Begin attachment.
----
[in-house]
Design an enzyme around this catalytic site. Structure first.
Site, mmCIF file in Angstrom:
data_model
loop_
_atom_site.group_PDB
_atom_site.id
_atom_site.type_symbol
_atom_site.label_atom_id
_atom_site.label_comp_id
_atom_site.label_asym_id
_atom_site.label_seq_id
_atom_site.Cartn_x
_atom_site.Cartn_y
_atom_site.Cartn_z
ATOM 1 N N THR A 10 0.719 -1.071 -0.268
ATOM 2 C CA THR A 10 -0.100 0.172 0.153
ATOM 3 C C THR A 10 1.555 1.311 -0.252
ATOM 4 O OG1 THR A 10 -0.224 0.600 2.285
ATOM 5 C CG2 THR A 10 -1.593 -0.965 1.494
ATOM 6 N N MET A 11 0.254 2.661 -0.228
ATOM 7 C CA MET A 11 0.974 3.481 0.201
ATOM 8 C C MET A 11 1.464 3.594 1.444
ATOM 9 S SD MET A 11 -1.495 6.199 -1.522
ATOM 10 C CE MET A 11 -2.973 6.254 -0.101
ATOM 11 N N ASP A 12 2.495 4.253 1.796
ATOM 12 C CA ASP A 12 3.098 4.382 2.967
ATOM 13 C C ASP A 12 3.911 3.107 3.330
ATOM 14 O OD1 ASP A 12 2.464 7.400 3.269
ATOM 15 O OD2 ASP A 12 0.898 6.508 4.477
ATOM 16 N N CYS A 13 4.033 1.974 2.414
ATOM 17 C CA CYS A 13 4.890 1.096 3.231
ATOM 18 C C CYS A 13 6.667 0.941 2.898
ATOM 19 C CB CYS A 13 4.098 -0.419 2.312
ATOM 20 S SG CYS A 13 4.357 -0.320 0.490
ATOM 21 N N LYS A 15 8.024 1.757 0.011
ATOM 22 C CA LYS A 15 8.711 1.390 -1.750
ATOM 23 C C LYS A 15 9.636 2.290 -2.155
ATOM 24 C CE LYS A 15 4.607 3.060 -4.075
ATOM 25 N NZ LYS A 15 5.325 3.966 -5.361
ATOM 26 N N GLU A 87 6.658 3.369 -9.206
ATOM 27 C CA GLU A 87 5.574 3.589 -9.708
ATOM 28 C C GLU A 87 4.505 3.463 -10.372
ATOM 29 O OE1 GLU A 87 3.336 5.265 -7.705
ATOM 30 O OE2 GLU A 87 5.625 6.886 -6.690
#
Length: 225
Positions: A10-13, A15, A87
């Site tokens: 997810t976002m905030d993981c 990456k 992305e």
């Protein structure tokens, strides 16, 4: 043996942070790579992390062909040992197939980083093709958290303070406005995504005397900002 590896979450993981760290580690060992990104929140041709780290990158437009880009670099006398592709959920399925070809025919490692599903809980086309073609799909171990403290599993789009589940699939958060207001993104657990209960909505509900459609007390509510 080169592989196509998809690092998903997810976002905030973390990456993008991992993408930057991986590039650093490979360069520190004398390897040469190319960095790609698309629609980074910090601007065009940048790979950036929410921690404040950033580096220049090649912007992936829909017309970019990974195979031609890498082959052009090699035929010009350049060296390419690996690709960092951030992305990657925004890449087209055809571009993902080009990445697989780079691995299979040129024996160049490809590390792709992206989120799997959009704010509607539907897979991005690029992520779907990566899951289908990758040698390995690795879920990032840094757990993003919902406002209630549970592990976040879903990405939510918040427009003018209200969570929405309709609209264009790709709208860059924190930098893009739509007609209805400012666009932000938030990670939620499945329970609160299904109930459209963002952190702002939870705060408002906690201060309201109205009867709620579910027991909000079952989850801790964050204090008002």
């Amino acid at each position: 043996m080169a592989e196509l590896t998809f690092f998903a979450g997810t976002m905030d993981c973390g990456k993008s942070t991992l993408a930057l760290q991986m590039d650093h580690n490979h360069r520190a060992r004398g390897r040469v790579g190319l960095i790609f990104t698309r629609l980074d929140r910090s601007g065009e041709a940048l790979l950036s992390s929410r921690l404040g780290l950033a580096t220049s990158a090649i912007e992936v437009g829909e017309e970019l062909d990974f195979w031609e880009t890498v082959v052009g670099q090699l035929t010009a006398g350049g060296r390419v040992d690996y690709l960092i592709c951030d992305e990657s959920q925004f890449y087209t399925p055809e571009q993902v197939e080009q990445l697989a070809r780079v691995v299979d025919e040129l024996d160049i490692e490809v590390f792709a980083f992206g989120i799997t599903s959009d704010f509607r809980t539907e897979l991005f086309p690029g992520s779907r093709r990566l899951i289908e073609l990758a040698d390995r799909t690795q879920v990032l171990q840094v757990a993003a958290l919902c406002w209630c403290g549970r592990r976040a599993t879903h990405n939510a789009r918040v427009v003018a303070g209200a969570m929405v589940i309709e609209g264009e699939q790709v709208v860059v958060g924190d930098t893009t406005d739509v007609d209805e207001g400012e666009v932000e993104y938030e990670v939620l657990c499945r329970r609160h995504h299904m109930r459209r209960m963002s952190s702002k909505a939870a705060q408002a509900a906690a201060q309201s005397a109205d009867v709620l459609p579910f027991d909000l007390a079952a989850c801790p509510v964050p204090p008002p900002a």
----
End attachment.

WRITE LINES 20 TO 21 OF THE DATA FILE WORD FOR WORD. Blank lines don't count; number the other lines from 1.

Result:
ATOM 5 C CG2 THR A 10 -1.593 -0.965 1.494
ATOM 6 N N MET A 11 0.254 2.661 -0.228